It has become a tradition for this blog for my last posting of the calendar year to be a message reflecting on the past year and looking ahead to the following one. As such, this marks my fifth annual message, dating back to 2009, 2010, and 2011, and 2012. I continue to enjoy writing this blog, with it serving as a venue to discuss issues of importance to myself and the biomedical and health informatics field.
This past year of 2013 was another gratifying year, as well as a transitional one, as the work and funding under the Health Information Technology for Clinical and Economic Health (HITECH) Act, at least for myself and our program at Oregon Health & Science University (OHSU), drew to a close. Indeed, this blog has paralleled the HITECH Act since the inception of both, getting its start in early 2009 around the time of the passage of the American Recovery and Reinvestment Act (ARRA), the economic stimulus legislation passed in 2009 in the early days of the Obama Administration. HITECH itself is now transitioning, as the most of its grant funding has ended and its incentive payments for EHR adoption are tapering off.
HITECH has certainly been a career-defining era for many of us working in informatics. As with many large initiatives, especially government ones, it has had its successes and failures. It is interesting to read my postings from the early days, after the legislation was passed but prior to it being implemented, followed by the reality that not everything in HITECH, nor the Obama Administration, has gone as we might have hoped. Nonetheless, I do feel comfortable that the government and the taxpayers received their money's worth for the work that our informatics program was funded to do. We created a useful new curricular resource and trained a number of people that resulted in new informatics careers being launched. But going forward, HITECH will increasingly be seen in the rear-view mirror.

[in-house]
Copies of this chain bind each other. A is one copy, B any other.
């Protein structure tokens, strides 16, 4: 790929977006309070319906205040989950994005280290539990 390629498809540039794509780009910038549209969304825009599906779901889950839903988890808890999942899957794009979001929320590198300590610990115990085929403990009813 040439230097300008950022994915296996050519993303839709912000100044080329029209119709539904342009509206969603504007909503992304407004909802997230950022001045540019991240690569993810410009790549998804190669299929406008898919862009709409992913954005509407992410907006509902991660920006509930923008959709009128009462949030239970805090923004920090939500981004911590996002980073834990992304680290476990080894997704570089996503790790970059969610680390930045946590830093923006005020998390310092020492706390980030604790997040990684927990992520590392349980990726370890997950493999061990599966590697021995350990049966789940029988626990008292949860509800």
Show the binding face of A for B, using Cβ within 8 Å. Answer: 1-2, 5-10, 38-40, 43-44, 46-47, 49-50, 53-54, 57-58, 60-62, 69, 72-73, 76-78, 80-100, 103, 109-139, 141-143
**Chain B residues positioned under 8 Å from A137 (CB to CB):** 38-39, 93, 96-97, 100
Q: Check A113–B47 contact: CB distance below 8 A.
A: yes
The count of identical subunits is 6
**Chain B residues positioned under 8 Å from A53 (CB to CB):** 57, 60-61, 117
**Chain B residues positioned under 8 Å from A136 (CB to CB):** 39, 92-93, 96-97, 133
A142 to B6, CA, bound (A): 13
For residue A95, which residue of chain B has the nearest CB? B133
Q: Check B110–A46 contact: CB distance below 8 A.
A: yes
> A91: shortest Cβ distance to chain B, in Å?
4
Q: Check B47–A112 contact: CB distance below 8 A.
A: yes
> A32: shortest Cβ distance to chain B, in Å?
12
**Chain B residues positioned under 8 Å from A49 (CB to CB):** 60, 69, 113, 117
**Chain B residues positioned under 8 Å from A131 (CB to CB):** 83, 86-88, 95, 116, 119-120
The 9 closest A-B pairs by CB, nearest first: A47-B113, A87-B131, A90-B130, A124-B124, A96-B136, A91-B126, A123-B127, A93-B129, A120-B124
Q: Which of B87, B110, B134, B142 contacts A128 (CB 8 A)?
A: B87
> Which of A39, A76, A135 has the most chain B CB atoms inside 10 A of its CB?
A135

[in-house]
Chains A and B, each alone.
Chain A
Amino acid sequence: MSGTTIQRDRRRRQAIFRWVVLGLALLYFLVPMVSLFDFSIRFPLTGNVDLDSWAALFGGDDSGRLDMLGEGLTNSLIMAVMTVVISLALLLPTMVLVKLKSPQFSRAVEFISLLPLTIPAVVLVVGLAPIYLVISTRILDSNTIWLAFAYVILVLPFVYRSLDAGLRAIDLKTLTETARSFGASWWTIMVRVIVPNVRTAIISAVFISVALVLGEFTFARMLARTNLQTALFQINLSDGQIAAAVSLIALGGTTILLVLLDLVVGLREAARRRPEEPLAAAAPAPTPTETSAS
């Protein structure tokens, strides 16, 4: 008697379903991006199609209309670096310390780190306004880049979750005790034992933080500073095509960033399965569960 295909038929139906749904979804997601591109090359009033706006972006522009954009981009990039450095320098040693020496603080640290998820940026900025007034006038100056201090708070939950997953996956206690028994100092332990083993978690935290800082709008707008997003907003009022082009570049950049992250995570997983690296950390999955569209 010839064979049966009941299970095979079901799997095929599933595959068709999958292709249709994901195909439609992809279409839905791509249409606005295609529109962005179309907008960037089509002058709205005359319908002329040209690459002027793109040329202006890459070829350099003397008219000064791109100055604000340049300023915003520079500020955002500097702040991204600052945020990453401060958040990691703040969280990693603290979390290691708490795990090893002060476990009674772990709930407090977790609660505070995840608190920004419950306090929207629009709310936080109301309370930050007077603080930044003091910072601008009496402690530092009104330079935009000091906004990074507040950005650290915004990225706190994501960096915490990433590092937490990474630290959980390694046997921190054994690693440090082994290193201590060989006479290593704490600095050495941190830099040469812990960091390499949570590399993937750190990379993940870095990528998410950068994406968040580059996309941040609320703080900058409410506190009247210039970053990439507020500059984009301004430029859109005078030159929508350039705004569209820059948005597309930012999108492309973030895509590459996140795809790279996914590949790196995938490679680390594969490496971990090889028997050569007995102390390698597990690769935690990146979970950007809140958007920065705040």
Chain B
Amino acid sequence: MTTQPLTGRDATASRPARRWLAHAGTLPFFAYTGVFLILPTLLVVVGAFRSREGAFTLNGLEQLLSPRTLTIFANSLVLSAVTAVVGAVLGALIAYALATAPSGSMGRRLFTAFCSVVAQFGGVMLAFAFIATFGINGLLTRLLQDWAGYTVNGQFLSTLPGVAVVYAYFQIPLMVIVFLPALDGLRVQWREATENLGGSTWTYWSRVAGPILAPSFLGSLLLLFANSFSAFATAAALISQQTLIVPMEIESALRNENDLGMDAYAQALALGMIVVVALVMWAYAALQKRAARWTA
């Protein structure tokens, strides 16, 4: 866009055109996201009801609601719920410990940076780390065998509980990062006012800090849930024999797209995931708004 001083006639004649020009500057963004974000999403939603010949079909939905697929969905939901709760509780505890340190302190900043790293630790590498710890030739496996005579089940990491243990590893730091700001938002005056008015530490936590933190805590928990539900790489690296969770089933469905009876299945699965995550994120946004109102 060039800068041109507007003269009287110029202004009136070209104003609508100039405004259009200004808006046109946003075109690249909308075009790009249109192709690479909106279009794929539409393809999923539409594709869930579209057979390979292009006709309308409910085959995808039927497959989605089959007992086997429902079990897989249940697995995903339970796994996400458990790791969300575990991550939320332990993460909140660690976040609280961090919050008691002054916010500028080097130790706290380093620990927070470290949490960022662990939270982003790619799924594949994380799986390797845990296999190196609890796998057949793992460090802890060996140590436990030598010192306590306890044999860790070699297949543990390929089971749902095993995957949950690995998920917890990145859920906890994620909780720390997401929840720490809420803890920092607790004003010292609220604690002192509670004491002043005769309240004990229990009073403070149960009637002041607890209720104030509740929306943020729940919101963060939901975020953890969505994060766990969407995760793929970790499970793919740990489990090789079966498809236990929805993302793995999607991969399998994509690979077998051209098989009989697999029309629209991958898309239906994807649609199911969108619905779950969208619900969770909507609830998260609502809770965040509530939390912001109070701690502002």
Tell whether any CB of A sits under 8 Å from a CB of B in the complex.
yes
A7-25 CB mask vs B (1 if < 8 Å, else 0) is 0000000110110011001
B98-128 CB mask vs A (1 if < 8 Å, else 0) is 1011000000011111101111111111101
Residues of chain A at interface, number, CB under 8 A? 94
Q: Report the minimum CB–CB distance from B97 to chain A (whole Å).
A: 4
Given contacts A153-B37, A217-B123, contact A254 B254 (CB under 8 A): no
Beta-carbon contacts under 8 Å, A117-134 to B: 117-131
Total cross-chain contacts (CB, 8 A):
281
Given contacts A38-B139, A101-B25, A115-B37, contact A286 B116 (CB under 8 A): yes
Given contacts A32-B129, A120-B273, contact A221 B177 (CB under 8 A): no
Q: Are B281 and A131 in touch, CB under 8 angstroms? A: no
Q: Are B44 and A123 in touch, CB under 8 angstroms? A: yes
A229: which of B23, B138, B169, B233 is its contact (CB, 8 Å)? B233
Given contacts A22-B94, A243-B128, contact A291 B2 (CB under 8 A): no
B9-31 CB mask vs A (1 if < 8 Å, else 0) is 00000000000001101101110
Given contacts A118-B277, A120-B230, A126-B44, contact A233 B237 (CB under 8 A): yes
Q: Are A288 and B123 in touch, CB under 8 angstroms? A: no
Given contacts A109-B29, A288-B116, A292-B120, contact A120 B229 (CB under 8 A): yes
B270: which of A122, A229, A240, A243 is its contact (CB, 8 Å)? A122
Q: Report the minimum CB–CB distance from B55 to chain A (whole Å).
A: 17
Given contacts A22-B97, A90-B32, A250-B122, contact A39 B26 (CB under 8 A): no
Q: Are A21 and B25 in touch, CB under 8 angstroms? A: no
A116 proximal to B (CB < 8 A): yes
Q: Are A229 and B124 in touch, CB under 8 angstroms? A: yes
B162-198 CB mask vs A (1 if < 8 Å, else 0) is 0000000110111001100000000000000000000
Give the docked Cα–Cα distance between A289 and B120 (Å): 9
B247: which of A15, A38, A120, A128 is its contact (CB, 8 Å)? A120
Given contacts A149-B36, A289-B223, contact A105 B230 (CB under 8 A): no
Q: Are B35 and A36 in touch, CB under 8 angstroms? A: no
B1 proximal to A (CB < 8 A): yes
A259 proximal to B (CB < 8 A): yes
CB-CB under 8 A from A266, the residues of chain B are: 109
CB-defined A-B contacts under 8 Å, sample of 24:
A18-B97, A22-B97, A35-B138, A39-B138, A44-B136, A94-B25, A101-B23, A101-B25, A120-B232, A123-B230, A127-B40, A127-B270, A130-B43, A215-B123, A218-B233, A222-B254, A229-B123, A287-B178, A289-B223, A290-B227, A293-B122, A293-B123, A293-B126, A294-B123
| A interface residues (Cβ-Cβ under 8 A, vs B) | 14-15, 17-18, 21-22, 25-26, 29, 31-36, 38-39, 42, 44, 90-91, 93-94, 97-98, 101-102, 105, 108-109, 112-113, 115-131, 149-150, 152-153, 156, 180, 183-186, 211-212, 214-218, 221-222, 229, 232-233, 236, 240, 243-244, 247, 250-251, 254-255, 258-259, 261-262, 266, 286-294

In this transitional year, a number of other new initiatives came about, which point the direction of the future for myself and our program. For myself, 2013 is ending with my becoming a "board-certified" clinical informatician. While the new subspecialty is still a work in progress, I was pleased to be part of 450 or so individuals who passed the first offering of new board exam. I was also proud that 40 of those who passed received at least part of their informatics education in our program at OHSU. It was also great to see the press postings from OHSU as well as AMIA, with the former picked up by a local business magazine and the latter described in the health IT press.
For our department, one of the most important new initiatives of the last year was the launch of the Informatics Discovery Lab (IDL). I had the opportunity to give a talk about the IDL in an interesting format of 5 minutes total with exactly 15 seconds per slide at a local forum called IgniteHealth. The IDL was also described in an interview with its leader, faculty member Dr. Aaron Cohen, in Oregon Business, a local business magazine. We also received a good deal of notice about one of the first tangible outcomes of the IDL, which is our partnership with EHR vendor Epic to use their system for research and educational purposes. This initiative too made it into the HIT press: Healthcare IT News, Healthcare Informatics, and HIT Consultant.